Figure 10d shows that in their GCM simulation, when only the Himalayas’ slope mechanical effect exists, the Asian monsoon flow is not comparable with the one that was produced by the thermal heating (Figures 10a and 10c). Based on the remote sensing-derived radiation analysis and numerical experiments, He, Wu, Liu, and Bao (2015) further argue that in the South Asian summer monsoon sector the mid-latitudes and subtropics receive more solar energy and possess higher surface potential temperature than North India during the summer monsoon season, and there is no cold/dry advection from the north into the Indian monsoon area. That said, the TP shielding does not exit. Others suggest that the fundamental problem in understanding the TP thermal and orographic effects is severe limitation of climate modeling in mountain regions like the TP and Himalayas due to complex topography and complicated ways it affects climate (Qiu, 2013). In fact, both Boos and Wu acknowledge that coarse resolutions in their models may be a major constraint to simulating TP effects adequately.

The Effects of TP Snow Cover

Snow, one of four components in the cryosphere, has long been considered an important factor in influencing variability of terrestrial hydrologic systems over a variety of time scales. Through change of surface albedo and regulation of turbulent heat and momentum fluxes at the surface, snow modifies the exchange of energy between the land surface and the atmosphere and significantly affects the distribution of diabatic heating in the atmosphere. Snow cover is also an effective insulator of the soil thermal column. In addition, snow melting represents an effective heat sink for the atmosphere and an important source of surface runoff and moisture for the soil.

Snow effects are a major subject of Asian land/atmosphere studies. As early as in 1884, Blanford suggested a possible negative influence of winter snowfall in the Himalayas on the drought season in Northwest India. Walker (1910) extended Blanford’s study and addressed an out-of-phase relationship between the Himalayan snow depth at the end of May and the Indian summer monsoon rainfall. The identified Himalayan snow–Indian monsoon relationship they identified was further supported by other studies, for instance, Dey and Bhanu Kumar (1983) and Liu and Yanai (2002), in which the former used the December to March snow cover and the latter used April to May snow cover. Shukla and Mooley (1987) proposed a physical mechanism for the snow–monsoon relationship, which suggests that the memory of a winter snow anomaly in the climate system resides in the wetness of the underlying soil as snow melts during spring and summer, which influences the ground temperature in the subsequent summer and modifies the regional monsoon.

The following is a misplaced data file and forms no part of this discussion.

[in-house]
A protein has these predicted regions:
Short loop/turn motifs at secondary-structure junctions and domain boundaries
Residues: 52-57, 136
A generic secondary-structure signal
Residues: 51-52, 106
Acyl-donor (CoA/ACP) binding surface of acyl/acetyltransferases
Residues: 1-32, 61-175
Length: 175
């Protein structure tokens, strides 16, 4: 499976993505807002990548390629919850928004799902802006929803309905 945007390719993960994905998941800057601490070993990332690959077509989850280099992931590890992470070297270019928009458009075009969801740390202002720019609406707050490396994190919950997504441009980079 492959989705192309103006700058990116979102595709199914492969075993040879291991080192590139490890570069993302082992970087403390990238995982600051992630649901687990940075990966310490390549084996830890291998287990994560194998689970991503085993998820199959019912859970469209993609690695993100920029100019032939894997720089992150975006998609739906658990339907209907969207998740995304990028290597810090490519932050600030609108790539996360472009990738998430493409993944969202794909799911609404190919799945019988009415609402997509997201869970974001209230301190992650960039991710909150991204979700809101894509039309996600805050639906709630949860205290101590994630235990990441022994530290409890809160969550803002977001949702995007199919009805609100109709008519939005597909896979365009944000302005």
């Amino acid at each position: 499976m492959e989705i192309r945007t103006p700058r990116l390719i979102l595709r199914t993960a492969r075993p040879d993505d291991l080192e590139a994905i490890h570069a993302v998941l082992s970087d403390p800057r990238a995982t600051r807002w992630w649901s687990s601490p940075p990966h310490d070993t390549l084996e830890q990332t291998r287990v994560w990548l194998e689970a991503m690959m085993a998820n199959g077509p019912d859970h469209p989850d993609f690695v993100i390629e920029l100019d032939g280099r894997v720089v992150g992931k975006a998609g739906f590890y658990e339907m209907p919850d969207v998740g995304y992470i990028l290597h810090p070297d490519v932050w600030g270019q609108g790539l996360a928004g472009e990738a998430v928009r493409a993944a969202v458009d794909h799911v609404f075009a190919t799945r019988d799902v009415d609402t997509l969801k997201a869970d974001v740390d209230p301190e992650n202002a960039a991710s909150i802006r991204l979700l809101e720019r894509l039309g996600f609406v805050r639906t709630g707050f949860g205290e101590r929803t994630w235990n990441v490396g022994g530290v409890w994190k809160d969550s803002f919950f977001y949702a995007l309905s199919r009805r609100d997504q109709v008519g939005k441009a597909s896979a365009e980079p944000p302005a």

However, Bamzai and Shukla (1999) found no significant relationship between the Himalayan seasonal snow cover and subsequent Indian monsoon rainfall using 22 years of satellite data. Some studies even show positive correlation between snow cover over the TP and the Indian monsoon (Lau & Li, 1984; Robock, Mu, Vinnikov, & Robinson, 2003), opposite to that of Blanford (1884). Furthermore, it has been found that the relationship between snow cover over the western Himalayas and the Indian monsoon has recently undergone a change in sign (Kripalani, Kulkarni, & Sabade, 2003). Zhao and Moore (2004) found that the correlations between snow cover over the eastern and western regions of the TP and Indian monsoon are of opposite signs. The different variability in eastern and western snow cover may contribute to the different TP snow and Indian monsoon relationship. Furthermore, studies (Robock et al., 2003; Liu & Yanai, 2002) indicate that while such correlations were high during some decades, they were rather low during others.